The Market Gives

John’s Story

John considered himself to be a conservative investor. He knew that he needed growth to stay ahead of inflation and to reach his overall financial goals for retirement. So, he realized the benefit of having a brokerage account.

On his broker’s advice, John invested $10,000.00 in the 2020 American Jubilee ETF.
At the end of the first of the year, the fund was down $3000.00 (30%) leaving $7000.00 of his original principal.

John asked the broker “What percentage return would I have to make on my remaining $7000.00 to recoup my lost $3000.00”?

The broker said “43% (.4286) ($7000.00 x1.43% =$10,000.10)”.

Considering the past 10 year Bull market, John asked the broker “How realistic is it to make 43% in a year given the current instability of the market”.

The broker said, “it would be difficult”. John asked, “What would be realistic”?

“Maybe 7% (1950-2009 claims 7% return including dividends; however past performance is no guarantee of future performance) without additional risk,” was the reply.

So with an annual 7% return, it would take approximately 6 years for John to recoup his lost $3000.00.
He asks the broker “During this time, would it be possible to see another market downturn during that six-year recovery period”?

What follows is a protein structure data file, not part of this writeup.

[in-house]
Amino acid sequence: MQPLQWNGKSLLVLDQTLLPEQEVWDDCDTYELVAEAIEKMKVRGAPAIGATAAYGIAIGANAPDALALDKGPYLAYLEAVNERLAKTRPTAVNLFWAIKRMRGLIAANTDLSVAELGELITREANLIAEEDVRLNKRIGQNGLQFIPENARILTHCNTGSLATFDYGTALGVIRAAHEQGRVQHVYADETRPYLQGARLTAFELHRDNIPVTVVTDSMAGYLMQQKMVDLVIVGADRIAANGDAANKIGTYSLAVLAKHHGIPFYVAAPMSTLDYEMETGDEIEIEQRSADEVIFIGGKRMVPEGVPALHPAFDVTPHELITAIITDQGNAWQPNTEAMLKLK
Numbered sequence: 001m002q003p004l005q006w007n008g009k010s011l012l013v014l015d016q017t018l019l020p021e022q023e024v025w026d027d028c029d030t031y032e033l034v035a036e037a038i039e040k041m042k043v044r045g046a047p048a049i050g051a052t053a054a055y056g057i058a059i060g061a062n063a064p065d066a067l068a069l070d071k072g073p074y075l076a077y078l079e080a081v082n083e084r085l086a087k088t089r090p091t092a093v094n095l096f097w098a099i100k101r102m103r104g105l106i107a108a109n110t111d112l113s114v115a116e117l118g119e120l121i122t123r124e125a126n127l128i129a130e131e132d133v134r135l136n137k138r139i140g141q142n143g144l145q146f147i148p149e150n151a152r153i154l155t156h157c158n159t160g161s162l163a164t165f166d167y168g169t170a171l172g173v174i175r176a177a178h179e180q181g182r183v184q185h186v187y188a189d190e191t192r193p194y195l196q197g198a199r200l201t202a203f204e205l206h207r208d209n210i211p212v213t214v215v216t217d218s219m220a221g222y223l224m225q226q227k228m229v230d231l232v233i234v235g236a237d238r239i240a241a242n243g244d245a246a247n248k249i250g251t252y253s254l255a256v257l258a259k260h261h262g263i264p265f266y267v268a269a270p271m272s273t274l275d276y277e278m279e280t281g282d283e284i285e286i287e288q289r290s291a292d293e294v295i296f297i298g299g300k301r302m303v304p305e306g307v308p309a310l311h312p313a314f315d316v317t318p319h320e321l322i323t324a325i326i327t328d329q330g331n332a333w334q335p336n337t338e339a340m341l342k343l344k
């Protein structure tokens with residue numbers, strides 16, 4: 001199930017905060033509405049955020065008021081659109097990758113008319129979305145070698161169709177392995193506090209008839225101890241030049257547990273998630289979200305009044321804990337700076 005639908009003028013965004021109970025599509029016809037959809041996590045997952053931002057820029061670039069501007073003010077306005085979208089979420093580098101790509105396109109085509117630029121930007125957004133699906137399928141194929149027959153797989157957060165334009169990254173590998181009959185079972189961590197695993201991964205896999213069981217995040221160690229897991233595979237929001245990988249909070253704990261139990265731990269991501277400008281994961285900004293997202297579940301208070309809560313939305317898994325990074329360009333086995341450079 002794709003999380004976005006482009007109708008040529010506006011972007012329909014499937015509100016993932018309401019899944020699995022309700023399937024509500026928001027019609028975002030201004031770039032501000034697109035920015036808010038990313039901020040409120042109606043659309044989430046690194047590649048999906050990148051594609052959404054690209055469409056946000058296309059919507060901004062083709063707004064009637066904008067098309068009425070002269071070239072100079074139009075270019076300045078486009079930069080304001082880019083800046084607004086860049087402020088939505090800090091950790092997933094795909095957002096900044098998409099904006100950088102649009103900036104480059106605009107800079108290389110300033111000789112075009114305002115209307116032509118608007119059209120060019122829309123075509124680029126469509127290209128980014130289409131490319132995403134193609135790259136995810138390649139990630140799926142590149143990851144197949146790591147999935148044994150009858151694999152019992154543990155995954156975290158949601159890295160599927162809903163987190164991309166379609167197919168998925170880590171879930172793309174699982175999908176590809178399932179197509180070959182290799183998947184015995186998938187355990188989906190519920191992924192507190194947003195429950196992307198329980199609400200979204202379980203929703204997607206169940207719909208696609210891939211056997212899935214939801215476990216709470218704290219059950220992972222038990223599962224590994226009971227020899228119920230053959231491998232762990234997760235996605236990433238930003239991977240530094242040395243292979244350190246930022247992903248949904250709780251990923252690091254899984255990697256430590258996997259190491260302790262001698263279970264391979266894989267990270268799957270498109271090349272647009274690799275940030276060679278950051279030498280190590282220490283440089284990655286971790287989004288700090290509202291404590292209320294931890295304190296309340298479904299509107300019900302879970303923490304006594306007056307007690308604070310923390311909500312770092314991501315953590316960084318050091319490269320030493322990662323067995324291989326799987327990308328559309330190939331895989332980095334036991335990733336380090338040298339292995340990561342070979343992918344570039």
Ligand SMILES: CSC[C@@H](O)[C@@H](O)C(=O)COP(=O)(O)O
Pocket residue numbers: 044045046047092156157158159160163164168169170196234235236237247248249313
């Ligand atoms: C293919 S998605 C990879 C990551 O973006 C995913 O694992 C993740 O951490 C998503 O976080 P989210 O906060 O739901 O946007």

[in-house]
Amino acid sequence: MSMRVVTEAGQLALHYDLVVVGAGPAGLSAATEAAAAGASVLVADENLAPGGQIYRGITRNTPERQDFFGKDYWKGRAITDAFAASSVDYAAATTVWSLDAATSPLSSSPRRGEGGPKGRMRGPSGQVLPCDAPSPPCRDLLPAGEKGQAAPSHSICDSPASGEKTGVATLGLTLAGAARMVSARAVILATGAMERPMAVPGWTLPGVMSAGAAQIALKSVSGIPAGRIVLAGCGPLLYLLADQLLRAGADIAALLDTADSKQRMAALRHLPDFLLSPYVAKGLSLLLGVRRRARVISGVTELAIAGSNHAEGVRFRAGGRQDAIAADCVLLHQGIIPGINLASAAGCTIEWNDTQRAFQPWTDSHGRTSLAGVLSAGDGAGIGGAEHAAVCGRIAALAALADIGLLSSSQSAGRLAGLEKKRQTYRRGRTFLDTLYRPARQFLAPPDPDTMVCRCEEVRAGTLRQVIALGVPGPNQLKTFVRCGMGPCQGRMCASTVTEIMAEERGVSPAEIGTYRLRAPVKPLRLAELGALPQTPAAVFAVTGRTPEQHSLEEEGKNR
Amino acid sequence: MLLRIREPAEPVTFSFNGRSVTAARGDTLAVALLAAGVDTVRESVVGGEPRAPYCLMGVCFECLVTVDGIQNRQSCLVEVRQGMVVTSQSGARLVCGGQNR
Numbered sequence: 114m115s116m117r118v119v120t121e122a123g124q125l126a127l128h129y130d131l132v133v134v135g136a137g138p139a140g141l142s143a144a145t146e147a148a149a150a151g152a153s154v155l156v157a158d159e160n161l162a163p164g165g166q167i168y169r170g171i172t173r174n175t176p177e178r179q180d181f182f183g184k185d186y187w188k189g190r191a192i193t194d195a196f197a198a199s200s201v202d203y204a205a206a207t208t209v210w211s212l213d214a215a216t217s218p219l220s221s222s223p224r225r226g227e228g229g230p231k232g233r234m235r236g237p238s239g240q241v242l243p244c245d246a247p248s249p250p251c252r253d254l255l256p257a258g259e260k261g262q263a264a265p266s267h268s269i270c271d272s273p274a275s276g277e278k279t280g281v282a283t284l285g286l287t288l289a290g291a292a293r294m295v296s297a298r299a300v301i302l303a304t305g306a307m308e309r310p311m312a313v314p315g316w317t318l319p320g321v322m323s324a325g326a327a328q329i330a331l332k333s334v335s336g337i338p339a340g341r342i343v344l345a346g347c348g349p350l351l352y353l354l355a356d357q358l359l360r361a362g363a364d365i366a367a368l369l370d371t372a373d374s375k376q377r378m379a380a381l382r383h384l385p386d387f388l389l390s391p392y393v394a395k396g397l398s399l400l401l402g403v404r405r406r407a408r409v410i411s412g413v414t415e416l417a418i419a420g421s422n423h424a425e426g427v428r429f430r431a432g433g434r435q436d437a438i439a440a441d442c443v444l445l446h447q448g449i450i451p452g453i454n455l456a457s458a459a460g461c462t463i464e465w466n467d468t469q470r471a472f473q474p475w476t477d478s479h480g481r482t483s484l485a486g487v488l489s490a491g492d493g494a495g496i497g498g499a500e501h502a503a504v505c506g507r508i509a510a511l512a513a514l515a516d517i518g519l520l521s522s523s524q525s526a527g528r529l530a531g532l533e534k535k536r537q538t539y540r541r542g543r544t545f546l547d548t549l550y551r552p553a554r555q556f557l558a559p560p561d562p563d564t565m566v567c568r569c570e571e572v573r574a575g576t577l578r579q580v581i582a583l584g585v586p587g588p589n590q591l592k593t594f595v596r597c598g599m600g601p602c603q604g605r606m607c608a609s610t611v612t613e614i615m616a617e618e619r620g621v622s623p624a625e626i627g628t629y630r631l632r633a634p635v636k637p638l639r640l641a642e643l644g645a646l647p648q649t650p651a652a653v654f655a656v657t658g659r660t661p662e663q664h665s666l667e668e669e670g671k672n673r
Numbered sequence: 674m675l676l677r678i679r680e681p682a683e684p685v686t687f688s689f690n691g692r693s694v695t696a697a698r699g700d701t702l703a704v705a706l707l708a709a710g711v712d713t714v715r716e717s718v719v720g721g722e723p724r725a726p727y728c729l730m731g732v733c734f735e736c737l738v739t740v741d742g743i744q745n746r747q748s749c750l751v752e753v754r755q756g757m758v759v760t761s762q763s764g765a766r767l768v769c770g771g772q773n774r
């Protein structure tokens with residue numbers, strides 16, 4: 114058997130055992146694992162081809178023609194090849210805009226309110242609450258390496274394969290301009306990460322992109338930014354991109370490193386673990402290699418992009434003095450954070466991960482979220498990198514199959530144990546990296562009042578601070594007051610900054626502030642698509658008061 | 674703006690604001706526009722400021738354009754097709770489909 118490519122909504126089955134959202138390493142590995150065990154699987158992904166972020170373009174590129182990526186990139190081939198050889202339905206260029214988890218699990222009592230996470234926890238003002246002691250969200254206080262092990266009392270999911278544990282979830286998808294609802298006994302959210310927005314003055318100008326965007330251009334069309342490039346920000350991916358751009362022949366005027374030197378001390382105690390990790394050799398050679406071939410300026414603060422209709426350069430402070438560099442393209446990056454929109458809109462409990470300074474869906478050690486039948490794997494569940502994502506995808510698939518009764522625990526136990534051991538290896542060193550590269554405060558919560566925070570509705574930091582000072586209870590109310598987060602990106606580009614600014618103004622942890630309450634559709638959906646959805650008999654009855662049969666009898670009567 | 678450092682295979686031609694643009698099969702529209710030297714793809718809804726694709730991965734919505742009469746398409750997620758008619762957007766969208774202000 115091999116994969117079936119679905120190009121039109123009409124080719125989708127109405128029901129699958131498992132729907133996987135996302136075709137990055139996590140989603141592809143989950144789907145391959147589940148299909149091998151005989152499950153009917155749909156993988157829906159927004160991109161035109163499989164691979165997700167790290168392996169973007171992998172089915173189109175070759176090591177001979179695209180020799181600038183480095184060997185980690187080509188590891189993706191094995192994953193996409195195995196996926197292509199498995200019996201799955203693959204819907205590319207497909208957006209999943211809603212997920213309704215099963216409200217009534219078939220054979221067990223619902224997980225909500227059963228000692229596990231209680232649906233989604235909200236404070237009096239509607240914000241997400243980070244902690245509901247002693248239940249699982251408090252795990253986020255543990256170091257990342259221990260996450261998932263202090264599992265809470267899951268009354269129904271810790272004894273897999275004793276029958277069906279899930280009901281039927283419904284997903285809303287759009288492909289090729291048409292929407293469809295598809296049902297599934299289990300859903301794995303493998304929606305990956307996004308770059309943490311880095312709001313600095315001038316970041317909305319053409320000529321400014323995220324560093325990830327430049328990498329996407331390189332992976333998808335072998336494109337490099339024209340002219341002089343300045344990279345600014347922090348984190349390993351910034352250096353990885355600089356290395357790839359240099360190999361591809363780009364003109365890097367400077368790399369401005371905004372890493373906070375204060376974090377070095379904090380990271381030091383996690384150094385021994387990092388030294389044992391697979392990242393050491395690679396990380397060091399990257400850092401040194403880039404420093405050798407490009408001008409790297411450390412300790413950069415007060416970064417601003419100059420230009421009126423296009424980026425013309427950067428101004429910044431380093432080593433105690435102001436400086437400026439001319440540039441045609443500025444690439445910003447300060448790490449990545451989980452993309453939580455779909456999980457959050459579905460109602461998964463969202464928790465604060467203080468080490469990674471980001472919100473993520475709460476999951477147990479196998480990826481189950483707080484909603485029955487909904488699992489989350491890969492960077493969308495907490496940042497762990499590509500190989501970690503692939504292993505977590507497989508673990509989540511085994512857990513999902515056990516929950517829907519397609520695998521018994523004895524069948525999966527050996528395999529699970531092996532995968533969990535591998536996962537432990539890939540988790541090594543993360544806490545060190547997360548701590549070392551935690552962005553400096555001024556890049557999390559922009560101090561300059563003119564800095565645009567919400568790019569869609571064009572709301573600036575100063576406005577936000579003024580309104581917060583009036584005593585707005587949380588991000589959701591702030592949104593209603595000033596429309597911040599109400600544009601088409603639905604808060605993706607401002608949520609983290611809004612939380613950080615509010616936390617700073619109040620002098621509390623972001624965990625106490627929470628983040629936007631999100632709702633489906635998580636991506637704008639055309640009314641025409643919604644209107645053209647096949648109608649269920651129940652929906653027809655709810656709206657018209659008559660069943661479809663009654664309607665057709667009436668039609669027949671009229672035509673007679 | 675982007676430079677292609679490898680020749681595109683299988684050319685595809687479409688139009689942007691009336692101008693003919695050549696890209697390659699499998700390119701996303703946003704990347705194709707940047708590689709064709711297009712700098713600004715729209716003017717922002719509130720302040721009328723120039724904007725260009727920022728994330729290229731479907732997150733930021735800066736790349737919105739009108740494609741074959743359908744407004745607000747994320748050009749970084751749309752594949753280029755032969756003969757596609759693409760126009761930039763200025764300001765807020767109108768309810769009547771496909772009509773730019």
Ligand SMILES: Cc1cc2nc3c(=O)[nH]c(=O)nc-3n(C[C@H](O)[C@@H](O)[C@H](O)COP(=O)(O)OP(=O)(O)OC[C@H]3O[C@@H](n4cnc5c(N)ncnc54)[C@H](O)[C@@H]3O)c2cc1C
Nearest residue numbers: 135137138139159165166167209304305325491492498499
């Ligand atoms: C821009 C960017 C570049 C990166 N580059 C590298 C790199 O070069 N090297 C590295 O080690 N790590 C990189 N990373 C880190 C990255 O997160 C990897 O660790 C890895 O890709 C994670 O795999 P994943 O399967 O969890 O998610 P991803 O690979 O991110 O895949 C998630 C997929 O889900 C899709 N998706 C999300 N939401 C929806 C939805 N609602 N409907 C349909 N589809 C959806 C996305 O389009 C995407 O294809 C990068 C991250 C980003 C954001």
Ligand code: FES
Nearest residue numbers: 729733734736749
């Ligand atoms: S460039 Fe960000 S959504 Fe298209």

“Possibly”, the broker said.

John asks “What about the potential lost interest opportunity on the $3000.00 loss”? There was no reply.

Then the broker said “Don’t make an emotional decision and get out of the market. It’s only a paper loss” (Really?).

“If you get out now, you’ll lose the $3000.00”! “Stay invested….the market always comes back”. (John was age 72 at the time of the loss.)

John had one last question, remembering that the brokerage firm advertised a return of fees if there were sustained losses.

John had one last question “ Besides the returned fees would you also return my lost $3000.00”?

You guess the answer.

Some advisor/brokers say that the only way you lose the money is if you sell the position: however, the moral of the story was John could have afforded the loss of principal BUT not the TIME necessary to recoup the loss, much less the lost interest.

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